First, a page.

Will France Be the AI Hub of Continental Europe?

Noah Greene / Apr 2, 2024

The Eiffel Tower seen from the Centre Pompidou in Paris, France, May 2022.

French President Emmanuel Macron is marching ahead with his plan to make France the artificial intelligence (AI) powerhouse of continental Europe. Last year, Macron announced €500 million in new funding to boost the country’s AI development. This, combined with France’s hesitancy to further regulate certain foundation models during the European Union’s AI Act negotiations, is part of the country’s strategy to become an AI leader. France’s long-term aspirations are attainable, but not without reforms to its labor code, nurturing engineering talent, and a significant increase in capital investments – to name a few core areas that require attention. Furthermore, even if France becomes the AI hub of continental Europe, it remains unclear whether or not it will achieve the status of a global AI center.

Shadow of the Labor Code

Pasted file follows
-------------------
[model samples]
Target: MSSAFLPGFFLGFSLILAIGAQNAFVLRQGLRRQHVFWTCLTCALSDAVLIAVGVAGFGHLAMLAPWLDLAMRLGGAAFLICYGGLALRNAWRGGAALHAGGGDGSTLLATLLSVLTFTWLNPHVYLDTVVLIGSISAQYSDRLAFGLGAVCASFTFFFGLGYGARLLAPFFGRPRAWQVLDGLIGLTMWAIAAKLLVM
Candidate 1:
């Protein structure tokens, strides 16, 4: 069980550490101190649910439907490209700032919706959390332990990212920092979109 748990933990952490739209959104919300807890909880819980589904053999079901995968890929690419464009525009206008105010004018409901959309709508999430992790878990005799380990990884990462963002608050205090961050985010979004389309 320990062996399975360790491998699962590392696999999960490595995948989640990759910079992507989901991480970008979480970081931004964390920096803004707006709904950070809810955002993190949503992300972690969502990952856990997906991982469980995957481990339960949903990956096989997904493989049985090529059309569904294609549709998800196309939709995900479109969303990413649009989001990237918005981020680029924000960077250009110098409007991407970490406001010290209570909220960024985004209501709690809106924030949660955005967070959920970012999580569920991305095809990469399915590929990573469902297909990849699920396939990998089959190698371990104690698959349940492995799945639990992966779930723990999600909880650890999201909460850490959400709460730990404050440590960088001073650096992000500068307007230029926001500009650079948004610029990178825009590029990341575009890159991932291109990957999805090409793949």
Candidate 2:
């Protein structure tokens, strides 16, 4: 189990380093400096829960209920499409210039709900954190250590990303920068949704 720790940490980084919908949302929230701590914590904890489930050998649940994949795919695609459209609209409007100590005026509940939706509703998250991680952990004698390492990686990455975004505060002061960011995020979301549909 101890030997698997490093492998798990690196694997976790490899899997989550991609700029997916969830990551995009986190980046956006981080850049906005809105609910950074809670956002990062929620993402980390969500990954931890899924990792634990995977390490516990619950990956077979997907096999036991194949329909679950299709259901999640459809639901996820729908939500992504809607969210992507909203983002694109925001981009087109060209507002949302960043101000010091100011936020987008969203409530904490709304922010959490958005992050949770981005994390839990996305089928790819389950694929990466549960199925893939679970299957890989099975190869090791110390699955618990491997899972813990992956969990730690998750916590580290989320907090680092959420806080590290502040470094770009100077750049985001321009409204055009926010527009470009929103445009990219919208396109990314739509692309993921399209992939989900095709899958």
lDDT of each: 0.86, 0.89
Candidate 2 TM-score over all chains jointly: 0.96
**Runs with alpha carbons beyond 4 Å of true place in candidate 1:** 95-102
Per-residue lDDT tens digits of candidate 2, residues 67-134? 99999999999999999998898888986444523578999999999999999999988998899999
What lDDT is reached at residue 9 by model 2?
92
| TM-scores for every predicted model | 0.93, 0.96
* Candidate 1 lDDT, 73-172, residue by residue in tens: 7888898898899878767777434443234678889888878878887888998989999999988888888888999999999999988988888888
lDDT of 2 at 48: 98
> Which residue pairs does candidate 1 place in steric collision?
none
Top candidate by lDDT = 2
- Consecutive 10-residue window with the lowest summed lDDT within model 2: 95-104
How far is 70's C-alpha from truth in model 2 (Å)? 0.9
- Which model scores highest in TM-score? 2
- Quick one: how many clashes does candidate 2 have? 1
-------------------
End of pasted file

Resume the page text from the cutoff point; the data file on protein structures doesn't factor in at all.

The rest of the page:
France was the most ardent critic of the EU Artificial Intelligence Act in the later stages of the process, but EU-level regulations are not the only laws preventing the country from achieving its ambitions. France is well known for its strong worker protections, making it difficult for employers to fire underperforming workers or conduct layoffs for financial reasons. US tech firms doing business in France have also experienced this. In 2023, Google struggled to lay off employees because of strict worker protections. The company negotiated with works councils (now called Social and Economics Committees) to ensure voluntary departures. Mass layoffs during troubling economic headwinds is a common component of other successful technology sectors like in the United States. This system of mass layoffs is less than ideal for a whole industry of technology professionals. In practice, this does not mean that France should discard the full range of worker protections that are in its legal framework, rather it should continue to incorporate practical industry feedback wherever possible.